Place:Kilsby, Northamptonshire, England

TypeParish (ancient), Civil parish
Coordinates52.334°N 1.18°W
Located inNorthamptonshire, England
See alsoCrick Rural, Northamptonshire, Englandrural district in which it was located 1894-1935
Daventry Rural, Northamptonshire, Englandrural district in which it was located 1935-1974
Daventry District, Northamptonshire, Englanddistrict municipality covering the area since 1974
source: Family History Library Catalog

the text in this section is copied from an article in Wikipedia

Kilsby is a village and civil parish in the Daventry district of Northamptonshire, England situated approximately five miles south-east of Rugby.

According to the 2001 census Kilsby had a population of 1,221. The village has grown considerably since the 1960s, with several new housing developments and a degree of in-filling. Amenities include a primary school, post office and shop, two pubs and two churches - Church of England and URC.

Kilsby's name comes from Anglo-Saxon cildes + old Norse býr, literally meaning "child's dwelling", but "child" here probably means "young nobleman". Its church, St Faith's, may originally have been the daughter chapel of the neighbouring parish of Barby.

The parish's eastern side is bounded by the old route of the Roman Watling Street, and the village itself is sited on the crossing of two former mediaeval drove-routes. It gives its name to the Kilsby Tunnel on the West Coast Main Line. The tunnel measures 1 mile 666 yards (2,216 m). Between 1881 and 1960, the village used to have a railway station Kilsby and Crick station but this was on the Northampton Loop further away from the village.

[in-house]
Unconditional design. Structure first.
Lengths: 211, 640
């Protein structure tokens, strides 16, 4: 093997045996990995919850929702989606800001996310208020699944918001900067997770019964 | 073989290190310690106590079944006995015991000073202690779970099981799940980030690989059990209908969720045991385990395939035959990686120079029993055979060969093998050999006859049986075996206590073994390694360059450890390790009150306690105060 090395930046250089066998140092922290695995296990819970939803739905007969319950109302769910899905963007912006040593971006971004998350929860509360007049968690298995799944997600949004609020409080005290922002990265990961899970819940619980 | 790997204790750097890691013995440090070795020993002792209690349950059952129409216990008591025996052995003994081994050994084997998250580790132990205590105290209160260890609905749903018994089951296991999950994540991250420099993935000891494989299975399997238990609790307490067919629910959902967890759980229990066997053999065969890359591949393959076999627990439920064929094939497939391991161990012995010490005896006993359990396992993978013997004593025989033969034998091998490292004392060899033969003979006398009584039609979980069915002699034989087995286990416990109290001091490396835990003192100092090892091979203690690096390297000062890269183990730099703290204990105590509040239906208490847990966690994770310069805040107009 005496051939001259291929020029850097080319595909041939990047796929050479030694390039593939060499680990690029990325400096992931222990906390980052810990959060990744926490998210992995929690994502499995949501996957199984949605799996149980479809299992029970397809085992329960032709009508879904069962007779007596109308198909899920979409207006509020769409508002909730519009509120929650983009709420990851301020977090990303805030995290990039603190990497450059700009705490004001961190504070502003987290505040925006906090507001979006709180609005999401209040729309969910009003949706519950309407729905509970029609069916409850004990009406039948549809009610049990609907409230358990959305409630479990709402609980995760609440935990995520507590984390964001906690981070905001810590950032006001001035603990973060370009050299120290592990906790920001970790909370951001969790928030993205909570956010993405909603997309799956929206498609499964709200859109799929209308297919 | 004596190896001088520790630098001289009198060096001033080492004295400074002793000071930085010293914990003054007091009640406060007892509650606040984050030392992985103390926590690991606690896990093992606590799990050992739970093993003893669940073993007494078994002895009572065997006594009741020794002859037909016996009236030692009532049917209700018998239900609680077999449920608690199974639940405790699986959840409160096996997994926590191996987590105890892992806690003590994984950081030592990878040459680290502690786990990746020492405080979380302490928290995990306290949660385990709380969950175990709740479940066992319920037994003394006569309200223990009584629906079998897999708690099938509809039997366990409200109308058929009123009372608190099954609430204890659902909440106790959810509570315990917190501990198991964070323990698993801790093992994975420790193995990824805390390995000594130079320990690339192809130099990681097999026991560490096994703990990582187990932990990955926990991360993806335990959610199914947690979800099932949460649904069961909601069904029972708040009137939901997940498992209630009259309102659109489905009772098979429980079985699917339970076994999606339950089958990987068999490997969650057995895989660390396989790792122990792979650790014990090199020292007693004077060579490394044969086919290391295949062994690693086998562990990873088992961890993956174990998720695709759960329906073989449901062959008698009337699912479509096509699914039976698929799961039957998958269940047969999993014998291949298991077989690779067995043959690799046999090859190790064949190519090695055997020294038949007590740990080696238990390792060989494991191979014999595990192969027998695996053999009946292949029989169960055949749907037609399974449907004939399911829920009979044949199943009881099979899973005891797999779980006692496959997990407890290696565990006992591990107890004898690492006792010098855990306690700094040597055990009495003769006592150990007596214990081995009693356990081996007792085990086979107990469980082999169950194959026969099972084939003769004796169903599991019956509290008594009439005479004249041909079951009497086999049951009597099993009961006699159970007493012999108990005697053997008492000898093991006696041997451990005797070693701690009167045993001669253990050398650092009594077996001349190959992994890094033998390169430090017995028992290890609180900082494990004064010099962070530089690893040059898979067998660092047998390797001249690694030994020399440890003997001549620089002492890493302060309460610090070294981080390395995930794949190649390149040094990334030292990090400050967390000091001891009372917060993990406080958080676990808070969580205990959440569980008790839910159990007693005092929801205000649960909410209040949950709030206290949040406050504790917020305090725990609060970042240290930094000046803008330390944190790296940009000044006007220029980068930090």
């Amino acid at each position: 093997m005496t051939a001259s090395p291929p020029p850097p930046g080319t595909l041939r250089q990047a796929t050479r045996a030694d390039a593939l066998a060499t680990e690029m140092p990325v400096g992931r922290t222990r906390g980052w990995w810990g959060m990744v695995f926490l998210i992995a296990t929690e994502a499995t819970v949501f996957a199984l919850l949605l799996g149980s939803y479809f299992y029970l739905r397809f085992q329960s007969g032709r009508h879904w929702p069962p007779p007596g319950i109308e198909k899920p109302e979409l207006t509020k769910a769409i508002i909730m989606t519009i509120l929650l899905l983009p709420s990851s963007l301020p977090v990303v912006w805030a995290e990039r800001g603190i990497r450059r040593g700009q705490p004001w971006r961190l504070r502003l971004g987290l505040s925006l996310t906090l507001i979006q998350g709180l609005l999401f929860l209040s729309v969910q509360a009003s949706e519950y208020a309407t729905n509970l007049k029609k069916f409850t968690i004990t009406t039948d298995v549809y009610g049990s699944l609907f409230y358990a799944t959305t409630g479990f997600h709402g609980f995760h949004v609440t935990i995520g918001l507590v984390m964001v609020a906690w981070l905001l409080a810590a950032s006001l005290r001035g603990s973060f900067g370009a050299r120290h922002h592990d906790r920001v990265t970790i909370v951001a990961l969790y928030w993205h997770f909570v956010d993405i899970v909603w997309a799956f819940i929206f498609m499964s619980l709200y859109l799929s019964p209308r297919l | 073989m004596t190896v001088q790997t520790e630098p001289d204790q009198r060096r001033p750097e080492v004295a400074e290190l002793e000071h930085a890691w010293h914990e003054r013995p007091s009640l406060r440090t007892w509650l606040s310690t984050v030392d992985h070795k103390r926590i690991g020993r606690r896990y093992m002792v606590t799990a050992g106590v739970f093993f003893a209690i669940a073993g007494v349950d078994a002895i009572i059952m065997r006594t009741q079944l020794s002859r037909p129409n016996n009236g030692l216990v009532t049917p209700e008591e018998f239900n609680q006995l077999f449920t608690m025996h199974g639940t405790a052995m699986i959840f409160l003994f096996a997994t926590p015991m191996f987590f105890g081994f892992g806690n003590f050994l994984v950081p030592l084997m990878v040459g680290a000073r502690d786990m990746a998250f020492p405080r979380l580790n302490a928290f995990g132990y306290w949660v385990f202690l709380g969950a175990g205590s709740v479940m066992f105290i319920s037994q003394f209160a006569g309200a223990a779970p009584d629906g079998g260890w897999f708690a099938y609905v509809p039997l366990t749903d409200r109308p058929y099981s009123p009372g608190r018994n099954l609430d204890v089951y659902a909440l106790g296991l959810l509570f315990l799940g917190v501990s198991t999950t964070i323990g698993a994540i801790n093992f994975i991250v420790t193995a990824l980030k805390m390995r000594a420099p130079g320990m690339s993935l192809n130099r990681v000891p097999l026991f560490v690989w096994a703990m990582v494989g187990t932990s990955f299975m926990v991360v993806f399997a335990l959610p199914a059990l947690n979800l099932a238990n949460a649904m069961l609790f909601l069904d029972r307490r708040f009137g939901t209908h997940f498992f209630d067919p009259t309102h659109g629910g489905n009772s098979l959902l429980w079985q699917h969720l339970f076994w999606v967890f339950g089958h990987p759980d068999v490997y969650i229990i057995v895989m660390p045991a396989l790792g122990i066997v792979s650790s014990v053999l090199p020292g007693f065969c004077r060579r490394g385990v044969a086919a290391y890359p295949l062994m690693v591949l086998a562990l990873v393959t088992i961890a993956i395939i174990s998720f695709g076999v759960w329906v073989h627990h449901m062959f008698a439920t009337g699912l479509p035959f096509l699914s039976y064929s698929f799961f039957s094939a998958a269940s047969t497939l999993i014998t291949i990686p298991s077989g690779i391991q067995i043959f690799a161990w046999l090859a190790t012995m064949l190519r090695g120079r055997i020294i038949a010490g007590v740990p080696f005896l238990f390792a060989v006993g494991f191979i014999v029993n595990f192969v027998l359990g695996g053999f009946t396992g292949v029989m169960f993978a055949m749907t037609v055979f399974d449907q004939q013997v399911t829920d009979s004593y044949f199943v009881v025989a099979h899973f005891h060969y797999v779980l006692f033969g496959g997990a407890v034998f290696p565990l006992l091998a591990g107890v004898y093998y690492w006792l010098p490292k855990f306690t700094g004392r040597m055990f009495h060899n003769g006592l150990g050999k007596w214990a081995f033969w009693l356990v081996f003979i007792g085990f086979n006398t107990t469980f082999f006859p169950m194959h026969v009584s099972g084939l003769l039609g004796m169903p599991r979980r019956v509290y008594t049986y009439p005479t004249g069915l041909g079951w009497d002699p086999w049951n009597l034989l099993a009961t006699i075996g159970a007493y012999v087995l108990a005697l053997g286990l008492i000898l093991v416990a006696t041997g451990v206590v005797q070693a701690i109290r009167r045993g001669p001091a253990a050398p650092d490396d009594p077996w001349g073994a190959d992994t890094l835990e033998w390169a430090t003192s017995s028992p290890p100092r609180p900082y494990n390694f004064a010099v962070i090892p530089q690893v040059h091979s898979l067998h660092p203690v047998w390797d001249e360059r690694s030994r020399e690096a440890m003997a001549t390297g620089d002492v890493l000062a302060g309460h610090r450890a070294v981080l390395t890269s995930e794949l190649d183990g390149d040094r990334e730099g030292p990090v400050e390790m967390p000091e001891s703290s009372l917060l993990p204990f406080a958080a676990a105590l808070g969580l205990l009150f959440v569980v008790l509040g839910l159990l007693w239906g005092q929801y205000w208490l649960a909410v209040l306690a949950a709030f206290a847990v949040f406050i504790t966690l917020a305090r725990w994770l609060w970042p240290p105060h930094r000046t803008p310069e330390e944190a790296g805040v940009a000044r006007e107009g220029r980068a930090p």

One of the village's more unusual claims to fame is that the A361 road terminates here at a junction with the A5. The A361 runs to Ilfracombe in Devon making it the longest '3-digit' road in Britain.

"Kilsby Jones" is the name by which James Rhys Jones is usually known. He was a Welsh congregationalist minister and writer in Kilsby from 1840 to about 1850, when he moved to Birmingham.

Research Tips

This page uses content from the English Wikipedia. The original content was at Kilsby. The list of authors can be seen in the page history. As with WeRelate, the content of Wikipedia is available under the Creative Commons Attribution/Share-Alike License.